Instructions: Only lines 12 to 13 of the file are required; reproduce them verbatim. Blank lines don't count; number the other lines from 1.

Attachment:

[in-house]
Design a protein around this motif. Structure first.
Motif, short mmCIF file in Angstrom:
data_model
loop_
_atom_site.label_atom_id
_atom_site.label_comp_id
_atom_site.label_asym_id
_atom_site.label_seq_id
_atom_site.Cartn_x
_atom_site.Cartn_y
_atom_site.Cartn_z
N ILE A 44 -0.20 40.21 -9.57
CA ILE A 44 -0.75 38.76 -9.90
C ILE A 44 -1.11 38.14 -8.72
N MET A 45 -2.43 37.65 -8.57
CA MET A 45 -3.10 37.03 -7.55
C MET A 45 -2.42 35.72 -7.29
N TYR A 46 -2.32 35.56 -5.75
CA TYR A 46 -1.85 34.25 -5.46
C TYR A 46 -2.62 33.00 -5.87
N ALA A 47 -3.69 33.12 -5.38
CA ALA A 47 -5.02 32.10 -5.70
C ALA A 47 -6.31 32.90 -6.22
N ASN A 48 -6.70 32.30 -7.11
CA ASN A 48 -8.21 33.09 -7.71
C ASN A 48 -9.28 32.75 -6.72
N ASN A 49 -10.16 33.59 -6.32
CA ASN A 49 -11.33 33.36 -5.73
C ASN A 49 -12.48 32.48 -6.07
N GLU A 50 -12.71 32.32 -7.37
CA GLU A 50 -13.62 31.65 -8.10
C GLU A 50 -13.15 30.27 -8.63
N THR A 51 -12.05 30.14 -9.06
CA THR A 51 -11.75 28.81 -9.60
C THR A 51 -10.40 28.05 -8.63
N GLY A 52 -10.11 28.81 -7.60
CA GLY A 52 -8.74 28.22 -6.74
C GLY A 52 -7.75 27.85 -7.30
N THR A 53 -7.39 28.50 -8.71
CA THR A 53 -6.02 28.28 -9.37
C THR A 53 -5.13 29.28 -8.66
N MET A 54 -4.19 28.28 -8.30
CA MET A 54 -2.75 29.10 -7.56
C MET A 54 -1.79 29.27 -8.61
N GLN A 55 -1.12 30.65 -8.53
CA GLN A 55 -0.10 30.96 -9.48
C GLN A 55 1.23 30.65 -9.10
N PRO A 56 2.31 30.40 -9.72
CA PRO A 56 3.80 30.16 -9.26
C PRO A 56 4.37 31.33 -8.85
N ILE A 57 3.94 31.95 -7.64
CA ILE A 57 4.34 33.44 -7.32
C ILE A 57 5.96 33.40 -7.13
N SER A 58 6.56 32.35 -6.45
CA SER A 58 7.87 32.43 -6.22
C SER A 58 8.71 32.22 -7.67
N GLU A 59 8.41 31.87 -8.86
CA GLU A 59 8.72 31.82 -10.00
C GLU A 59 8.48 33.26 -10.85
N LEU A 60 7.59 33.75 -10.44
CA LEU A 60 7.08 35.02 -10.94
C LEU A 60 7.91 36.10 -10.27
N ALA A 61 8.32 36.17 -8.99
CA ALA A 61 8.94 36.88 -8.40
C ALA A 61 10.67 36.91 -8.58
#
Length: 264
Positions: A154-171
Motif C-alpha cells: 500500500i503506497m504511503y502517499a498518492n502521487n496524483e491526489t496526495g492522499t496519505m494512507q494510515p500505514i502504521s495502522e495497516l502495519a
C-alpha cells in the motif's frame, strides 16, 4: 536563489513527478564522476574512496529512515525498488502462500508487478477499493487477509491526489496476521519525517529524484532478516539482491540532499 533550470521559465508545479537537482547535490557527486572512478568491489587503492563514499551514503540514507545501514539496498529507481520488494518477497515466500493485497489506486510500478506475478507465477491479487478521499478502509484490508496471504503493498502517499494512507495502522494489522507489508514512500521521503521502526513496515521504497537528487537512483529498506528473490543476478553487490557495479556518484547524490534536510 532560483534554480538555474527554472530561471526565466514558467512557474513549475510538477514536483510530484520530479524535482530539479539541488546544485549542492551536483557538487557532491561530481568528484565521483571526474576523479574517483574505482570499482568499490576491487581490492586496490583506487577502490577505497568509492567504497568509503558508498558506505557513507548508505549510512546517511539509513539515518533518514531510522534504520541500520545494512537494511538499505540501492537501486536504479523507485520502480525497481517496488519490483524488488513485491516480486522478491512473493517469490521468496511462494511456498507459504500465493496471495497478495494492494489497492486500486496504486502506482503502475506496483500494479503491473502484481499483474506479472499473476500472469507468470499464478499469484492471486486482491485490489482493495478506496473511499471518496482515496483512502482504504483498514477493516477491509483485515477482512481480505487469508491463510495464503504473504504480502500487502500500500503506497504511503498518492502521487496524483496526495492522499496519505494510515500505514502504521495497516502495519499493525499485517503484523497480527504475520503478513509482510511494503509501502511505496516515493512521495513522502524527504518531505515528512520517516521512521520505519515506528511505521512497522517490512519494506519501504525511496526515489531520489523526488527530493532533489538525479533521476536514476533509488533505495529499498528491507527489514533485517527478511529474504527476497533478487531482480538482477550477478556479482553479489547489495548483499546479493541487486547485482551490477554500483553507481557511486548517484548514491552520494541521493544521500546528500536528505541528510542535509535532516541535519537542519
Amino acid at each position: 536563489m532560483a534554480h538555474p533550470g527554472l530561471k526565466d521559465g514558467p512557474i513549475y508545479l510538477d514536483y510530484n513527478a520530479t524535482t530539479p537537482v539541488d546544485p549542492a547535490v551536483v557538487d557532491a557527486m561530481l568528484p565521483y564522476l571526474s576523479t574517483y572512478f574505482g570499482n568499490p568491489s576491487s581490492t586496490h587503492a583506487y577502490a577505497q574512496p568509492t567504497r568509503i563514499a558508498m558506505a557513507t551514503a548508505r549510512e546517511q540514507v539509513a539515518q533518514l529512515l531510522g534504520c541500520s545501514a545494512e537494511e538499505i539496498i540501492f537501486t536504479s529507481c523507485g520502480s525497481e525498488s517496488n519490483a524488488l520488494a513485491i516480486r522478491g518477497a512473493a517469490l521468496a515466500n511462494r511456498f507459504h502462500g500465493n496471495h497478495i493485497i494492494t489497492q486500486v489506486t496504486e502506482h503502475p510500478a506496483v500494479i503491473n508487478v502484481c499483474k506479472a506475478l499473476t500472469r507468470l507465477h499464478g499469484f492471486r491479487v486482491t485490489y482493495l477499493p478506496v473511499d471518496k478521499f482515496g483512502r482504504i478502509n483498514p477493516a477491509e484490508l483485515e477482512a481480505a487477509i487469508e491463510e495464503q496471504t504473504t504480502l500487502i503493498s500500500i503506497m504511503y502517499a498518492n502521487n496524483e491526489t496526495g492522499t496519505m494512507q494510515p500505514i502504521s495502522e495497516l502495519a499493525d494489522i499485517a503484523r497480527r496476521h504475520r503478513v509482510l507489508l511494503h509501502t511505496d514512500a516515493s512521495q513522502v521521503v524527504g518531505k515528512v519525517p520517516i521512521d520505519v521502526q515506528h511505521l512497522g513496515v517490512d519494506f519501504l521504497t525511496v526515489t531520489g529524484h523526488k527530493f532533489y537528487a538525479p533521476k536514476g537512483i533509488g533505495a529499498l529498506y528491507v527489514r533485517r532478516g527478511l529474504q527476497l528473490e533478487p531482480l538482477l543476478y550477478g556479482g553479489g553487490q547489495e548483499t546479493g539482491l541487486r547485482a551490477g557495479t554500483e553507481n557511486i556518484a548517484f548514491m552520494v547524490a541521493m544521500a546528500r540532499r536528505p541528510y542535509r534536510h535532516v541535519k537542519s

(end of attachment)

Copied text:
_atom_site.Cartn_z
N ILE A 44 -0.20 40.21 -9.57